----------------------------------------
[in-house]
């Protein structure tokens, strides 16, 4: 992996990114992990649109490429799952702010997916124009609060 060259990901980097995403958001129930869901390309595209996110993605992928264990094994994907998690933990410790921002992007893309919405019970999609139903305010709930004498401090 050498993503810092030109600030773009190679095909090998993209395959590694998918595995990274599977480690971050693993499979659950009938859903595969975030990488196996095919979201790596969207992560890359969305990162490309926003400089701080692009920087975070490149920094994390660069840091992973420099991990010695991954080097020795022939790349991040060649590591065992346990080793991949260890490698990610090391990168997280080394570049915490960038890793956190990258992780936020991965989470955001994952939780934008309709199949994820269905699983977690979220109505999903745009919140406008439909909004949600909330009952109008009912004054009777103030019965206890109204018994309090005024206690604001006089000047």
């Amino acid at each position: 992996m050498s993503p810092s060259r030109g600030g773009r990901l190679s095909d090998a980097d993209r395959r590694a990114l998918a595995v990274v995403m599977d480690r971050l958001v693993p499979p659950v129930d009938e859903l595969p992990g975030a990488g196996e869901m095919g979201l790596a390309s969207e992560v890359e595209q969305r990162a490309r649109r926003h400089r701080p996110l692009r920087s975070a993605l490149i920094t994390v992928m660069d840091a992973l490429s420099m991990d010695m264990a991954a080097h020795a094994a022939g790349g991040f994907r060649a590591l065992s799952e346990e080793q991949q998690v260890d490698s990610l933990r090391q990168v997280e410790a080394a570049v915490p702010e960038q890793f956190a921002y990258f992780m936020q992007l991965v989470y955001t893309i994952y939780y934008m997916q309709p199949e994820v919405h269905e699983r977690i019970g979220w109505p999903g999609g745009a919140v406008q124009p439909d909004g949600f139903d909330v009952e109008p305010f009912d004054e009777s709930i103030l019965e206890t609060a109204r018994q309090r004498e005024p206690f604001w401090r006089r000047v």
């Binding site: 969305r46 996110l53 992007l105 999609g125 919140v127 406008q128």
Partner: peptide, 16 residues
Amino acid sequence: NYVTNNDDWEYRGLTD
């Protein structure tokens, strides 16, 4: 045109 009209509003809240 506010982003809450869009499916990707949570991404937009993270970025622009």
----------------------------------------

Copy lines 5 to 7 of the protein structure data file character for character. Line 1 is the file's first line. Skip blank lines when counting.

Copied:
Partner: peptide, 16 residues
Amino acid sequence: NYVTNNDDWEYRGLTD
């Protein structure tokens, strides 16, 4: 045109 009209509003809240 506010982003809450869009499916990707949570991404937009993270970025622009």